There’s no shortage of horror stories associated with the “gap” years – the lingering time between healthy life expectancy and actual life expectancy.
You often hear of the fallout from poorly planned end-of-life financial decisions, ill-managed expectations of family members or the onset of dementia resulting in an inability to properly sort out financial affairs.
The issue is, while healthy life expectancy for men and women in Canada is 69 and 72 years, respectively, many are living nine to 11 years beyond the “healthy” time – and these extended final years are causing havoc with their finances and savings.
A Growing, Aging Demographic
In 2011, nearly 15 per cent of the population – about five million people – was 65 or older. It’s an issue RBC Wealth Management tackled in “Mind the Gap: What Canada’s Baby Boomers Need to Know to Protect Themselves.”
“These changing demographics present challenges that we haven’t seen before in Canada,” said Tony Maiorino, head of RBC Wealth Management Services, in a release with the report. “Specifically, while we have always been keenly aware of the financial vulnerabilities faced by persons over the age of 65, our concerns lie equally with the growing demographic of Canadians who will no longer be able to manage their own financial affairs due to health issues.”
According to the report, more than 100,000 Canadians will develop some form of dementia this year – in addition to over 500,000 Canadians who currently live with it. Factor in that the rate of dementia increases significantly over 85.
“This means an increased need for resources and concern for those who have not planned for the possibility that they may be unable to act or make decisions for themselves,” said Maiorina. “There is a growing urgency around this issue and Canadians need to be aware of it.”
Make The Gap Years Part Of Your Financial Plan
If you’re nearing 65, it might be time to plan ahead for incapacity, keeping in mind that your spouse or next of kin can’t make decisions or access your financial information and assets without some sort of official nod from you.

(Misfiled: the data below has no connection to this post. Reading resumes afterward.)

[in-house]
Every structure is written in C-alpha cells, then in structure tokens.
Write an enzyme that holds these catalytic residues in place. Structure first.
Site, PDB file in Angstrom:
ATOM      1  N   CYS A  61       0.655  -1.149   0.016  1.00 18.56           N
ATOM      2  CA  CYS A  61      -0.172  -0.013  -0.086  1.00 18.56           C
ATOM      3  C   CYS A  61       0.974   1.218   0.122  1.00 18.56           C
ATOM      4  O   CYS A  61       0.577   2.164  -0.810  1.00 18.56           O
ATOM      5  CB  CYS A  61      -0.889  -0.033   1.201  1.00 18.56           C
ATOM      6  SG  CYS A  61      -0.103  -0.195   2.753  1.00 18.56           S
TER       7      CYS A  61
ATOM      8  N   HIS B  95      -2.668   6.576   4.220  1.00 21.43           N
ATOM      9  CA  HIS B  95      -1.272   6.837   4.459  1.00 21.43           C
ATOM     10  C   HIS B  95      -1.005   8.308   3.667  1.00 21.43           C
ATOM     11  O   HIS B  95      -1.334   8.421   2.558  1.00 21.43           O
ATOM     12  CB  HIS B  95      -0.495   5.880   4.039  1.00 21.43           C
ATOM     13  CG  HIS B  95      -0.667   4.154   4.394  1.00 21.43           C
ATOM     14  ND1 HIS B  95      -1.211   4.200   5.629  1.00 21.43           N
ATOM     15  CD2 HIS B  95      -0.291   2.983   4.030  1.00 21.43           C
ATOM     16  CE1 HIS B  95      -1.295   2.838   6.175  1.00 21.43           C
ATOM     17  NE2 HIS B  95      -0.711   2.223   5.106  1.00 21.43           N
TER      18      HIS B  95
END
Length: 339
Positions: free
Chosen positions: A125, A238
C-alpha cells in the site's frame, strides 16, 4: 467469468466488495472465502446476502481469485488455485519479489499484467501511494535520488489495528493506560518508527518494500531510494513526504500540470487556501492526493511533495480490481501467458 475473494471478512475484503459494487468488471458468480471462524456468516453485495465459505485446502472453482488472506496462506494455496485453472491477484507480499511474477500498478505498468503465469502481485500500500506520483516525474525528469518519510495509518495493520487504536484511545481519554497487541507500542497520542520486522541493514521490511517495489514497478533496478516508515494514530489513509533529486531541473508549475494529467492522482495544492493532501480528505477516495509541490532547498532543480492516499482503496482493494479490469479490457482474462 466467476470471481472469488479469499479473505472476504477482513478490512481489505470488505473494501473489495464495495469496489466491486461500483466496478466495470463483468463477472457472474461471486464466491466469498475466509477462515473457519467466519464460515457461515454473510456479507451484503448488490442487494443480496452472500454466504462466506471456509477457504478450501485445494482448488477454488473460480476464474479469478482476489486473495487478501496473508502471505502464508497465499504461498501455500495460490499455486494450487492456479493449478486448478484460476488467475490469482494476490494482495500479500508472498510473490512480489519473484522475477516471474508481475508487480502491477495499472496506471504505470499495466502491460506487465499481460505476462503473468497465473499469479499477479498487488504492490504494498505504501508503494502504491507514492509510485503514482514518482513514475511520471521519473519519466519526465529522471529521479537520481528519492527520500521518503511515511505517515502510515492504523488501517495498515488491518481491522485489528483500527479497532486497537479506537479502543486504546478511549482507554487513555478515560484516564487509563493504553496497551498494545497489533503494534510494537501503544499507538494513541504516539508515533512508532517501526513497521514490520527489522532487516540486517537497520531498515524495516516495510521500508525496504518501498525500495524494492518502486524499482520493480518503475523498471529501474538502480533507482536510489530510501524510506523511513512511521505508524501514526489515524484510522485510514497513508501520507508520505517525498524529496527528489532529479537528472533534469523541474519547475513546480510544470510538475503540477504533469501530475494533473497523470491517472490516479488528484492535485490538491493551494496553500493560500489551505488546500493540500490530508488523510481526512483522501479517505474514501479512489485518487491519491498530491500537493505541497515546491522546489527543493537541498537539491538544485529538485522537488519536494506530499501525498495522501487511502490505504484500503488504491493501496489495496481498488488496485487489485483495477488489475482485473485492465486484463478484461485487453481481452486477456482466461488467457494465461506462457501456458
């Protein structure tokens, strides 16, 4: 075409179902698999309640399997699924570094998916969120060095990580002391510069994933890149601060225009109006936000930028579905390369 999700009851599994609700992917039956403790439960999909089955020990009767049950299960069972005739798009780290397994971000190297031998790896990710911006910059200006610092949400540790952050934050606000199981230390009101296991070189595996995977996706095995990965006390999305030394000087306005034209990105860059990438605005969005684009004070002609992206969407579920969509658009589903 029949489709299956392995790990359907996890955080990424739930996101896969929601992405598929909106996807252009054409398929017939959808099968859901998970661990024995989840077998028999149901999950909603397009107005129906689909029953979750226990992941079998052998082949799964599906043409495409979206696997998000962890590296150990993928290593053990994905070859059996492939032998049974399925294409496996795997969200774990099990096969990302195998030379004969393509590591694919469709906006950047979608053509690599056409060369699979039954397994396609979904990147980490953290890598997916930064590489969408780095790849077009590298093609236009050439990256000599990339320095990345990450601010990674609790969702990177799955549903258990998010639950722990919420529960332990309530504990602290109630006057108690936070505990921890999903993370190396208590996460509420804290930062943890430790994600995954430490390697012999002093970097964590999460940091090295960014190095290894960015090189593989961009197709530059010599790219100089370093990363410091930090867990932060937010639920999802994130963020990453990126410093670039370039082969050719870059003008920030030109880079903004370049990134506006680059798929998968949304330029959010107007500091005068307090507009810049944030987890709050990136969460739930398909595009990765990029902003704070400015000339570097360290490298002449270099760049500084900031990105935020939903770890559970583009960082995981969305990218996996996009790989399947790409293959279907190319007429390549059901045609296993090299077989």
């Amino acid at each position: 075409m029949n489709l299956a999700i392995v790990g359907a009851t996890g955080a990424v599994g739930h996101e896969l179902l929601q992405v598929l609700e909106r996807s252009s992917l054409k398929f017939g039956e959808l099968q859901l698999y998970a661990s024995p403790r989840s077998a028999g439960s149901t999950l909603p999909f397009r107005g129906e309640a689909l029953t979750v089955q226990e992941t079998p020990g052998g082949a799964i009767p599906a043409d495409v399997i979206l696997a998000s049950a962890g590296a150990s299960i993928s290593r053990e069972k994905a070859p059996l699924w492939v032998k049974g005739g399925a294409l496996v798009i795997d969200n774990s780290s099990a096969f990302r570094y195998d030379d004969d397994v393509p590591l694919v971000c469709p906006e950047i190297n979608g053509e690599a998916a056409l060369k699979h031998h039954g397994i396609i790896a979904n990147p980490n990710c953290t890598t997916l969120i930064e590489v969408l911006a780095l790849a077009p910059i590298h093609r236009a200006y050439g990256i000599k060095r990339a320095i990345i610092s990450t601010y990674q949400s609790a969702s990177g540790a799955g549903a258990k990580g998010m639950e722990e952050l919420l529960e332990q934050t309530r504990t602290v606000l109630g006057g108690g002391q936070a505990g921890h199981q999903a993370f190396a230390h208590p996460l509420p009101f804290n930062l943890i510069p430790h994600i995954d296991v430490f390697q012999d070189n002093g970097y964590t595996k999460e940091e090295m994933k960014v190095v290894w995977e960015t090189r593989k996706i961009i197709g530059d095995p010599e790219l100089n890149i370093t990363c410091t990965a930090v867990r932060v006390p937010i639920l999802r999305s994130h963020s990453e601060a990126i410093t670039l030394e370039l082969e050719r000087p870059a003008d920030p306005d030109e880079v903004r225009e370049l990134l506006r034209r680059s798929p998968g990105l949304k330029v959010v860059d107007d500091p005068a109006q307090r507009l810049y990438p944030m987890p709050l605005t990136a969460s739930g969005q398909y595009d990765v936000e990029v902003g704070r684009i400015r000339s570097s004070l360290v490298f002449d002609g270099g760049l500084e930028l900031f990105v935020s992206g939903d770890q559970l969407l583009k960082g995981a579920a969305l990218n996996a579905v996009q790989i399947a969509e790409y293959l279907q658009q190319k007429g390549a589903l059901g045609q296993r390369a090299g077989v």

The key to protecting yourself may lie in drafting up a Power of Attorney – a legal document where you designate an “attorney’ to act on your behalf in light of incapacitation.
“Without question, creating a Power of Attorney (POA) is a prudent course of action,” said Maiorino. “While the document itself is an essential estate planning tool, of equal importance is who will take on the role – appointing the most appropriate person or people to take on the role of attorney is a vital decision.”
How To Choose The Right Power Of Attorney
For starters, look for someone who knows how to manage money. If cousin Billy has a bit of a gambling problem – he might not make the best fit.
Next, consider your attorney’s ability to be there quickly in the event of an emergency.
Age is also an important requirement. Keep in mind, your attorney is expected to help you as you age so if they’re in the same predicament as you, it wont do you any good.
Fourth, make sure they’re organized enough to balance their life while keeping tabs on your affairs.
And finally, avoiding appointing a family member your POA can help alleviate potential emotional biases. It may be cruel to say, but, realistically, if the attorney is a family member, they could be more concerned with their inheritance than doing what’s best for you.